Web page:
FEATURE — Welcome to January 2018. This time of year often brings articles providing inspiration on how to create the perfect New Year’s resolution. However, when mental health is concerned, it’s important that resolutions ultimately represent a victory, not just another defeat.
Unfortunately, despite the wealth of never-ending advice and tips out there on how to obtain that perfect body, build that giant stash of savings or travel the world for super cheap, roughly 80 percent of New Year’s resolutions are abandoned, according to MentalHealth.org, many before the end of January.
The New Year’s resolution can be a great opportunity for people to change habits or work on improving themselves. However, for many struggling with mental illness, creating a resolution can become a mental trap.
According to 24/7 Wall St., the top 10 most popular resolutions for 2018 are as follows:
- Eat healthier and lose weight.
- Life and self-improvements.
- Make better financial decisions.
- Quit smoking.
- Do more exciting things.
- Spend more time with family and close friends.
- Work out more often.
- Learn something new on my own.
- Do more good deeds for others.
- Find the love of my life.
As part of the “Mind Matters” series, we would like to offer some practical advice to not only promote mental health but also encourage your to keep working on those New Year’s resolutions you’ve created.
Using the No. 1 reported New Year’s resolution – losing weight – for illustrative purposes, we offer the following four tips to success. However, these suggestions apply to many different resolutions in a broader sense.
1. Be wary of perfectionism.
While we all strive to begin the new year with a clean slate, creating a New Year’s resolution with the idea of perfection behind it can become counterintuitive. If you’re trying to lose weight, instead of having your resolution be “Exercise every day,” which can instill feelings of failure when you miss a day, create a New Year’s resolution that is a little more forgiving, like “Be more active.”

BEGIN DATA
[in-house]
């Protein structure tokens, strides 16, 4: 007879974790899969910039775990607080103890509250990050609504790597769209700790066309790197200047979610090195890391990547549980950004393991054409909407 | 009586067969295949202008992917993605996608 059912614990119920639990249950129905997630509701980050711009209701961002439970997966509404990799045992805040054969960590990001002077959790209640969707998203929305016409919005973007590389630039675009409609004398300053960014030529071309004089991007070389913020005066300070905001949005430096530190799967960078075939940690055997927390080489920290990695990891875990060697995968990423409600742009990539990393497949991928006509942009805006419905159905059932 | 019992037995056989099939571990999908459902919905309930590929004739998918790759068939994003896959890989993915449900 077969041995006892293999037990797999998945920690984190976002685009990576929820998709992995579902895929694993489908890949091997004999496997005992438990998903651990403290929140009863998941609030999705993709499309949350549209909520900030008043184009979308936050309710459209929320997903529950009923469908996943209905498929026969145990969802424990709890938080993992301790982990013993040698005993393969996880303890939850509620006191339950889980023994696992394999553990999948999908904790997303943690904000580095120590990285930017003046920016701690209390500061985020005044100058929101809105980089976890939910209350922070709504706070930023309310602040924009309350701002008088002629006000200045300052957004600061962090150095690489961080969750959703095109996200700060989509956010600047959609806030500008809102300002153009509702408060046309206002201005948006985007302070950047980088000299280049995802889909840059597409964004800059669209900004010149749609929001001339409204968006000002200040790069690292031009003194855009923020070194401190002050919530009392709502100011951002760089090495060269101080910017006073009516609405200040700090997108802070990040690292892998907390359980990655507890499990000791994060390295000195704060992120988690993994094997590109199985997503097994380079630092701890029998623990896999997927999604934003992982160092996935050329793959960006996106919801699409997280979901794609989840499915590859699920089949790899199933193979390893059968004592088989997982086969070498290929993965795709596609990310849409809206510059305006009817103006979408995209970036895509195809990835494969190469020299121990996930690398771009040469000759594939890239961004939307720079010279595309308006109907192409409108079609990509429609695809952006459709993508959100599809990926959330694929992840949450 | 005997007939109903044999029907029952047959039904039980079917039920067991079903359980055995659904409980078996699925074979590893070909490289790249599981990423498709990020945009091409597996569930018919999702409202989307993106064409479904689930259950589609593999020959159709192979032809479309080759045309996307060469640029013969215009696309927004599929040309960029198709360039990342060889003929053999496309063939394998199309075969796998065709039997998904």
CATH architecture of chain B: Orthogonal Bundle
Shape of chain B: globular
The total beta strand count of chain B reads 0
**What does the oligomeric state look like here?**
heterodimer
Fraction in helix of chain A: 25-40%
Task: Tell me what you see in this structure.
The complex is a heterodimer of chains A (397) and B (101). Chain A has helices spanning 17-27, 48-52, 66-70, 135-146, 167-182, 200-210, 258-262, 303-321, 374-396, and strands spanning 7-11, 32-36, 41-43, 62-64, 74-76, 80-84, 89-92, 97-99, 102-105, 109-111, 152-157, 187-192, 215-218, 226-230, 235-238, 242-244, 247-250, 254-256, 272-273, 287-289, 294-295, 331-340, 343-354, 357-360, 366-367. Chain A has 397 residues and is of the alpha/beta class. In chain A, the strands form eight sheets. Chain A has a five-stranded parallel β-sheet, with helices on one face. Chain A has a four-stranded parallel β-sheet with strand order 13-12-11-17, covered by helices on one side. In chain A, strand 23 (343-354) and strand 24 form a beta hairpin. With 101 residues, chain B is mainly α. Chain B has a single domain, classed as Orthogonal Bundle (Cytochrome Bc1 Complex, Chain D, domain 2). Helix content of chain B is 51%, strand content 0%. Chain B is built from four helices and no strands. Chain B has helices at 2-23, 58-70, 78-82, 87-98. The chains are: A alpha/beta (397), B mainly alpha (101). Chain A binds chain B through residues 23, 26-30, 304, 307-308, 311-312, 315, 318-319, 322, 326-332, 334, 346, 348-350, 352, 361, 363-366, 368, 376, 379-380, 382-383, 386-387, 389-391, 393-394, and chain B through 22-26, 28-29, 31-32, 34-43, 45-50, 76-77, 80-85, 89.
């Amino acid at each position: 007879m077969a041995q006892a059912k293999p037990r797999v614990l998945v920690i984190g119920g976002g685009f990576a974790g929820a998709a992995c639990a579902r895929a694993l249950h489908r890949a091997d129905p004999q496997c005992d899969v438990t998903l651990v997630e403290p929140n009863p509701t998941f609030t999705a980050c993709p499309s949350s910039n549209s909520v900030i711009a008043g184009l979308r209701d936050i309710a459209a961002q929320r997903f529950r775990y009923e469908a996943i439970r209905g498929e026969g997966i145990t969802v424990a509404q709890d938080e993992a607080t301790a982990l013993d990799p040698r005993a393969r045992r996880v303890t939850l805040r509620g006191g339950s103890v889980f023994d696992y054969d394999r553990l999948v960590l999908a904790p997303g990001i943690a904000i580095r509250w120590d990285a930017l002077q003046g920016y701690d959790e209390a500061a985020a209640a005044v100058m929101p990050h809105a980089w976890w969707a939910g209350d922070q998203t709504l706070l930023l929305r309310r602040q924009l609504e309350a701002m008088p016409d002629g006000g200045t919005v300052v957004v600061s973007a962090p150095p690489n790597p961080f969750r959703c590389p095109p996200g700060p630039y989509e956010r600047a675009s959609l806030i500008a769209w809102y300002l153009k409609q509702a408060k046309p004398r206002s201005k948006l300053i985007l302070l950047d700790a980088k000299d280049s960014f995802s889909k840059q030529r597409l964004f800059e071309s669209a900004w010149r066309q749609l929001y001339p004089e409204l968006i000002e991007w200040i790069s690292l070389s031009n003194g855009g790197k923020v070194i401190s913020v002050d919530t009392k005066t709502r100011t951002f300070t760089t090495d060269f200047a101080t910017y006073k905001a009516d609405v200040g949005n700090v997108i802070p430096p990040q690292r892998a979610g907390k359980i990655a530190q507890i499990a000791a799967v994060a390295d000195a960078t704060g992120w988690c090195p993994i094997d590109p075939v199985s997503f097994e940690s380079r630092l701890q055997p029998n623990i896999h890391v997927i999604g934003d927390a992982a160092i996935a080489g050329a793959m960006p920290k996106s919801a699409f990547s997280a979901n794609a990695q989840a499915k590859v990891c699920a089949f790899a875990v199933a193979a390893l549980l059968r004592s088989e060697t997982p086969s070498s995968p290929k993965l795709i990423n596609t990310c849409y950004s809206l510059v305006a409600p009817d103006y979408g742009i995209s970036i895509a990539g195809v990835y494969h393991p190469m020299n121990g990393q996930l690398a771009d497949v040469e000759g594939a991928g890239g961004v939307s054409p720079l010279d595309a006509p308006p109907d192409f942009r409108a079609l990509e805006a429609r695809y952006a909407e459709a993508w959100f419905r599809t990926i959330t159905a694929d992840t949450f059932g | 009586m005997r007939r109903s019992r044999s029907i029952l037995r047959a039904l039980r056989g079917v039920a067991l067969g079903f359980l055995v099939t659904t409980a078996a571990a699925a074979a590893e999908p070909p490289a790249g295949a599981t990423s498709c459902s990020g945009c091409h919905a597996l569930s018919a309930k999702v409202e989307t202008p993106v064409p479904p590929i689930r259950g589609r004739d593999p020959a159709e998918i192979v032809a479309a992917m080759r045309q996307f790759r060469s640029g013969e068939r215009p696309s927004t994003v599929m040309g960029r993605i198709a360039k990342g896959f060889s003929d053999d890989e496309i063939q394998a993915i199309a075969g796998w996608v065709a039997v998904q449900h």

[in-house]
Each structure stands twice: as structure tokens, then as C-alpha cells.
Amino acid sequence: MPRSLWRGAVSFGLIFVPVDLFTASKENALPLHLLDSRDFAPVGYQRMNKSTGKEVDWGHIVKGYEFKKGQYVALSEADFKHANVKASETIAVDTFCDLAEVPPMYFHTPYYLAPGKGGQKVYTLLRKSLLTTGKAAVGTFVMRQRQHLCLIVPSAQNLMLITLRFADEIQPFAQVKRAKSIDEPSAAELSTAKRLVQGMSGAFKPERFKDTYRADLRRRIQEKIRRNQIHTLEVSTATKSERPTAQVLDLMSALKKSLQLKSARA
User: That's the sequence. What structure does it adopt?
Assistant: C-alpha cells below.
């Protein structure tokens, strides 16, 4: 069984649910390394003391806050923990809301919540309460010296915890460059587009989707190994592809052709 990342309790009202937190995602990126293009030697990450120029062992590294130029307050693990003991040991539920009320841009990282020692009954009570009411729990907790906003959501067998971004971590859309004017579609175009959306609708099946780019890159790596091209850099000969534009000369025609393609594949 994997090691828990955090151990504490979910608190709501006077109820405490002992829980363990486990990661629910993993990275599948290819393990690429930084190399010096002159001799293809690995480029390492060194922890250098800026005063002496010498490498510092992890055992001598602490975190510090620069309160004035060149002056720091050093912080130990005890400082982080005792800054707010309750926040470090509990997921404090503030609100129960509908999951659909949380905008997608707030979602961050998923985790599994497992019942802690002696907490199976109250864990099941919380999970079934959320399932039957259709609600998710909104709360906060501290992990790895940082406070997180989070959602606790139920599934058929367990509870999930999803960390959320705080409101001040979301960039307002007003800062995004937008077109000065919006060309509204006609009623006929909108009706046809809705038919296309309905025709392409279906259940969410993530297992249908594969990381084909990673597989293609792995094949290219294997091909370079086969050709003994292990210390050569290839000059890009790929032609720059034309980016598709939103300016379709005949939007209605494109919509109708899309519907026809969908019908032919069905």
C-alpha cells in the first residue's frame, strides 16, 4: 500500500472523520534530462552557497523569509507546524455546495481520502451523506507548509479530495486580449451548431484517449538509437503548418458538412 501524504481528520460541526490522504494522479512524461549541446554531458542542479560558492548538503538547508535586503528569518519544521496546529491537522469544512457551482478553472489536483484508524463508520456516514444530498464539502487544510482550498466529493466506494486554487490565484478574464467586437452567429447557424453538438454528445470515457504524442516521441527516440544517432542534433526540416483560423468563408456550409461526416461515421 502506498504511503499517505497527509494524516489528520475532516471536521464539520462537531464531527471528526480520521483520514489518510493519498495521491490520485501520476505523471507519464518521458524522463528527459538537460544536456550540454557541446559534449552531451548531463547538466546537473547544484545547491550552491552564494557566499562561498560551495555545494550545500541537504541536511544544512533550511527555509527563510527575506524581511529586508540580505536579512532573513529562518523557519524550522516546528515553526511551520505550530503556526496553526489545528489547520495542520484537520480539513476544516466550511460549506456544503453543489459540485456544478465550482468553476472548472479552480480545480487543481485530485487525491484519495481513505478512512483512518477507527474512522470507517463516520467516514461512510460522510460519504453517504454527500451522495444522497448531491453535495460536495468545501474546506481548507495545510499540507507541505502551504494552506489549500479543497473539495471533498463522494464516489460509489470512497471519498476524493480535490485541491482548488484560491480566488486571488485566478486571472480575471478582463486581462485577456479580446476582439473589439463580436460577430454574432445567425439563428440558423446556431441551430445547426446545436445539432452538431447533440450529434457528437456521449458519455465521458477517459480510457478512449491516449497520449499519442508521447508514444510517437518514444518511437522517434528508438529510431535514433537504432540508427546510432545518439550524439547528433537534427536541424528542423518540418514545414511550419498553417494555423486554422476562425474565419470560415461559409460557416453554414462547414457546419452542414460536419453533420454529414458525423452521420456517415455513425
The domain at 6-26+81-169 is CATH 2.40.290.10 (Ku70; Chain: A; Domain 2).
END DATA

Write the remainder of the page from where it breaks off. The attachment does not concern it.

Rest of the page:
But also be careful of being too vague. Make sure you give yourself an idea of what that more-forgiving resolution looks like, so you have a barometer for measuring your success.
2. Avoid comparison.
Everyday we are surrounded by images and success stories of those who kept their New Year’s resolutions, from weight loss to financial independence. It can be hard not to compare ourselves to them and expect to accomplish the same thing at the same time using the exact same methods. Remember we are all individuals, and the only person we should compare ourselves to is…ourselves.
3. Think small.
Instead of creating an overarching goal or end result, try creating “baby steps” to help you achieve the end result. Using the example “Lose weight,” an example of baby steps could be any of the following:
- Walk for 15 minutes three times a week.
- Add a serving of fruit or veggies to dinner.
- Drink water instead of soda at lunch.
Baby steps that are measurable and easily obtainable will help motivate you to continue on the path to the desired end result.
4. Make it enjoyable.
If your New Year’s resolution feels like a chore, you will be less motivated to actually keep it. If you’re trying to lose weight, find a way to make it fun, whether it’s learning a new sport, joining a local dance group or finding a buddy who would add lively conversation – or at least a little company – while you walk. If the experience becomes enjoyable, the goal will be easier to obtain.
For more tips on creating and maintaining successful resolutions, including establishing a support network and rewarding yourself, go to MentalHealth.org.
Written by HEIDI BAXLEY, Iron County Prevention Coalition coordinator, and LAUREN MCAFEE, Cedar City Library in the Park grant and development officer.
About the “Mind Matters” Series
As the Mind Matters series continues, we will highlight several Southern Utah mental health providers and organizations, as well as success stories, but if you or someone you know is seeking help or resources now, go to the following websites:
- Intermountain Healthcare St. George psychiatry and counseling.
- Dixie Regional Behavioral Medicine Unit.
- Cedar City mental health provider list.
If you or someone you know needs helps immediately, call the National Suicide Prevention Lifeline at 1-800-273-8255 or call 911. There is help and hope available.
St. George News “Mind Matters” series aims to illuminate how mental illnesses affect society and how to maintain mental health. Articles are contributed by Cedar City Library in the Park in partnership with the Iron County Prevention Coalition and will highlight available resources people may access in Southern Utah and online.
Read more: All the articles in the Mind Matters series
Email: [email protected]
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